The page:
Help needed in repairing Sonos Connect - ZP90 (power board) after power surge

Thread Starter

hafren

Joined Mar 1, 2019
28
I am very much a novice in electronic repair but am keen to learn but I’ve drawn a blank in fixing my Sonos connect so looking for help. After removing the power board I could tell the fuse had blown and a NTC thermistor had failed. I also suspected capacitor C206 (1800uF, 6.3V) which appeared to have bulged top. I do not see any other signs of distress so I replaced all of these components and upon power up the fuse immediately blew.

So there is clearly something wrong/shorted downstream of the earlier failed parts thermistor & fuse and need some advice what I can check. I have searched unsuccessfully to find schematics but have read many other posters that have successfully repaired their Sonos connect after a power surge. Most others were successful in replacing the exact same components I’ve replaced so what I can check next? Pictures of my power board are attached.
 

Attachments

narkeleptk

Joined Mar 11, 2019
480
Hard to see much from photos and I do not know power supplys well but you could check that so-8 IC there for a short and check those diodes. If they are ok its probably the transformer. Maybe one of the guys who know power supplys will chime in and lead you a little better.
 
Last edited:

Dodgydave

Joined Jun 22, 2012
9,912
It's a switchmode psu, and it's probably blown the chip (pins 1, 2 shorted) fuse, thermistor, on the output is just a diode, capacitor and opto-coupler and TL431 zener for regulation.

This is the chip and a typical circuit diagram...2cx86zd.png
 
Last edited:

Thread Starter

hafren

Joined Mar 1, 2019
28
It's a switchmode psu, and it's probably blown the chip (pins 1, 2 shorted)
I checked the chip, Fairchild 5M0165R, for shorts across pins; 1/6/7/8 (drain) to 2 (GND) & is open circuit. I looks difficult but not impossible to desolder from board but if its open circuit does that indicate its not the problem source? I'm going to make a dim bulb tester to see if I can run the circuit without blowing the fuse and see if I can detect any components getting hot? Any other advise on what I can do/check?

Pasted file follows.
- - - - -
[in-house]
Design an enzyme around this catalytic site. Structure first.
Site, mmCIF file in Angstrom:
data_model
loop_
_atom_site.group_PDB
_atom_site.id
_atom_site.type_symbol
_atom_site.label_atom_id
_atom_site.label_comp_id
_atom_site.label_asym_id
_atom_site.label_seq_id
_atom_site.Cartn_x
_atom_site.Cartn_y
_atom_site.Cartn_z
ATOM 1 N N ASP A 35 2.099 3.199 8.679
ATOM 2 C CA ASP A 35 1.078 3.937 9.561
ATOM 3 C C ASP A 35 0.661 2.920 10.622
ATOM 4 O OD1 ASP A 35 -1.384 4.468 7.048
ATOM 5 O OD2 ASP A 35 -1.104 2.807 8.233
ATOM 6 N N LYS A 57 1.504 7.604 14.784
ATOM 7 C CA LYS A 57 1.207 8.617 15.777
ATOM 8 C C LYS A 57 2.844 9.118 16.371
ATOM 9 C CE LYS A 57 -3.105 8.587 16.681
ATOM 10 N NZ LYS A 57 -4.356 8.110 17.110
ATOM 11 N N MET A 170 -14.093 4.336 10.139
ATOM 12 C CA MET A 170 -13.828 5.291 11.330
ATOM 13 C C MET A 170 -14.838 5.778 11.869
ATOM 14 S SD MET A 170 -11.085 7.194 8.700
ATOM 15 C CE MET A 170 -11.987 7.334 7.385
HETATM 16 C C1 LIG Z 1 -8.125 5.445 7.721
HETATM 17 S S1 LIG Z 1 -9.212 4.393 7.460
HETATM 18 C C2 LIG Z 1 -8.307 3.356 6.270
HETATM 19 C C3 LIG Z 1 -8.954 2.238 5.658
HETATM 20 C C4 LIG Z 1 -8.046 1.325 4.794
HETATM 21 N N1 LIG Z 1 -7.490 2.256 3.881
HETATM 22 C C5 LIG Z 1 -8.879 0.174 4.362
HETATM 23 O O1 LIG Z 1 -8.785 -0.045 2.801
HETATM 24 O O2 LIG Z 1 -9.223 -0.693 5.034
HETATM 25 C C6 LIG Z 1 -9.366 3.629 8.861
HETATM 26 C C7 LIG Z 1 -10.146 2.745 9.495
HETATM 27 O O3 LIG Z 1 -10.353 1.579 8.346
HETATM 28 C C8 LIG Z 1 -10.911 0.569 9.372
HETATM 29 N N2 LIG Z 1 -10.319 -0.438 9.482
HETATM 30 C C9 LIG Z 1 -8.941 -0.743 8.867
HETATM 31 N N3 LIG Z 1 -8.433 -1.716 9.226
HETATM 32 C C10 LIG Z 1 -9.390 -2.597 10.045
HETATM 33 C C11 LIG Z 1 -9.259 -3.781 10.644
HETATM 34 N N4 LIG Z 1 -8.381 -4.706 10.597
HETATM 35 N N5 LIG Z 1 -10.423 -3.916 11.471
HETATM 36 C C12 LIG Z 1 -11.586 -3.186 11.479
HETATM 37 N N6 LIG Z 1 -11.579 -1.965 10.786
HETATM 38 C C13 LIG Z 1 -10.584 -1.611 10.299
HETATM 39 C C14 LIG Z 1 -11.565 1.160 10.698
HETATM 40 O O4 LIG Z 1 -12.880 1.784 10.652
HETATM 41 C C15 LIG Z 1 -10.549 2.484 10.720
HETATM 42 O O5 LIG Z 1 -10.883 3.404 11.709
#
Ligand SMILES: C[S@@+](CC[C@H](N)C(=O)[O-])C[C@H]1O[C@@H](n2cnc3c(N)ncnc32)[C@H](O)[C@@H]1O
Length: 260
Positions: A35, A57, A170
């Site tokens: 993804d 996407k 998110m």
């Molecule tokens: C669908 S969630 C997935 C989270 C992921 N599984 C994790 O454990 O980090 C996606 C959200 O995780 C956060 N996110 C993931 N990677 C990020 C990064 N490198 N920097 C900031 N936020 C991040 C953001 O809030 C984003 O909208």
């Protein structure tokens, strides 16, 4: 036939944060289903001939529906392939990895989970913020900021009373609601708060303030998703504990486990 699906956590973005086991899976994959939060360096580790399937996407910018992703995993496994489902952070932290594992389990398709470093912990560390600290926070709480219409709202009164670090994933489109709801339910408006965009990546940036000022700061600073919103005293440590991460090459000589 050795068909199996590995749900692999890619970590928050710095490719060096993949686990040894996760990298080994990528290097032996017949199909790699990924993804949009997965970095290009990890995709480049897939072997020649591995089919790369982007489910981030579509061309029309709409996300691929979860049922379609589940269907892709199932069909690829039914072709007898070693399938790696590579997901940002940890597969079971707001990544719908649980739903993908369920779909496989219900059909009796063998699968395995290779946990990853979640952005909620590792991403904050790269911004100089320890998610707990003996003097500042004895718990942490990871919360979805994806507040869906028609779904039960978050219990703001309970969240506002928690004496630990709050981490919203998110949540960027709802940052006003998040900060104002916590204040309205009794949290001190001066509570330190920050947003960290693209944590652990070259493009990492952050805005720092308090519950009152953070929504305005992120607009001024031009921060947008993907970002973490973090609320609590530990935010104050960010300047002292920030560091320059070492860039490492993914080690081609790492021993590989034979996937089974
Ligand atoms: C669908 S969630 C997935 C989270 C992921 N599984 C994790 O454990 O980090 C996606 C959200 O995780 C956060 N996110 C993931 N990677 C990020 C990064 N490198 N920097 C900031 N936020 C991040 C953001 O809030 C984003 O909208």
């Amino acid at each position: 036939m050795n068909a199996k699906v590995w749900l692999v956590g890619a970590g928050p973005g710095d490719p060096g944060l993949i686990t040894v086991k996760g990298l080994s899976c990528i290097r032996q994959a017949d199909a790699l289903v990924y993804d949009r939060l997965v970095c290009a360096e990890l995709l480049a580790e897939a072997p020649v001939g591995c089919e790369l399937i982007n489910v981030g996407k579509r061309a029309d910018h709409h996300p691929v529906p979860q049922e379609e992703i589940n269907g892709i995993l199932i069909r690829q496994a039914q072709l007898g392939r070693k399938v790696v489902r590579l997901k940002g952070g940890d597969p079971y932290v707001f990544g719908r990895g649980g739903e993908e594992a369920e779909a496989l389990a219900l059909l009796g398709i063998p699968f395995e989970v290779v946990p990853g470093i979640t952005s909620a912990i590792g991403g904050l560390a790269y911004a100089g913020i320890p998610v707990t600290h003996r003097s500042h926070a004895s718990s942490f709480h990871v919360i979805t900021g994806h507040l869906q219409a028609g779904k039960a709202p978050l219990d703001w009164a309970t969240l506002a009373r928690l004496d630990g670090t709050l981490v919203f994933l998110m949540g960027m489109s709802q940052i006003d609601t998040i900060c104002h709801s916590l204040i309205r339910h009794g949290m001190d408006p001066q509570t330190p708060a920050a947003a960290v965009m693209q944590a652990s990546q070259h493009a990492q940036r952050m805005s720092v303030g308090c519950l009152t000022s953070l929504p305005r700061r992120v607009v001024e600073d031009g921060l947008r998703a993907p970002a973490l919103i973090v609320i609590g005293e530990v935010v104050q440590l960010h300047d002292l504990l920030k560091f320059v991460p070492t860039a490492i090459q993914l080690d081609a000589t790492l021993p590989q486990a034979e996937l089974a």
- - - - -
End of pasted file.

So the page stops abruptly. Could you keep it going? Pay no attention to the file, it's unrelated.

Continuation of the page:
Dodgydave

Joined Jun 22, 2012
9,912
All i can suggest is replace the mosfet, chip, and check any other silicon parts D2, looks like you have removed a few ...
 
Last edited:

LesJones

Joined Jan 8, 2017
2,972
The bridge rectifier is also another possible cause for blowing fuses. Check that none of the 4 diodes in the bridge rectifier are shorted.

Les.
 

Ylli

Joined Nov 13, 2015
1,020
Need to be careful using a DBT or other limiter or soft start when testing a SMPS. One of the features of a SMPS is that if the input voltage is low, it will just draw more current to supply the needed output. It is effectively a negative resistance. As such it can be made to oscillate quite easily if you try to moderate the input current/voltage.
 

WAHanley

Joined Dec 24, 2019
1
I appreciate all the prior posts as I was quite disappointed when my Sonos failed a few months ago.
When I cracked it open and measured the voltage it was clearly due to a failed power board.

Initially I was going to attempt to rework the power board but was finding it difficult identifying and locating the original board components. Fortunately, I was able to locate two small form-factor AC to DC power supplies for ~ $9 a piece. I carefully soldering them in and am happy to report that my Sonos lives again!

Along the way, I took a couple of photos to document the process and just added some rework instructions to the attached PDF file. If you are reasonable confident with a soldering iron and NOT ham-fisted it should be a breeze.
 

Attachments

Top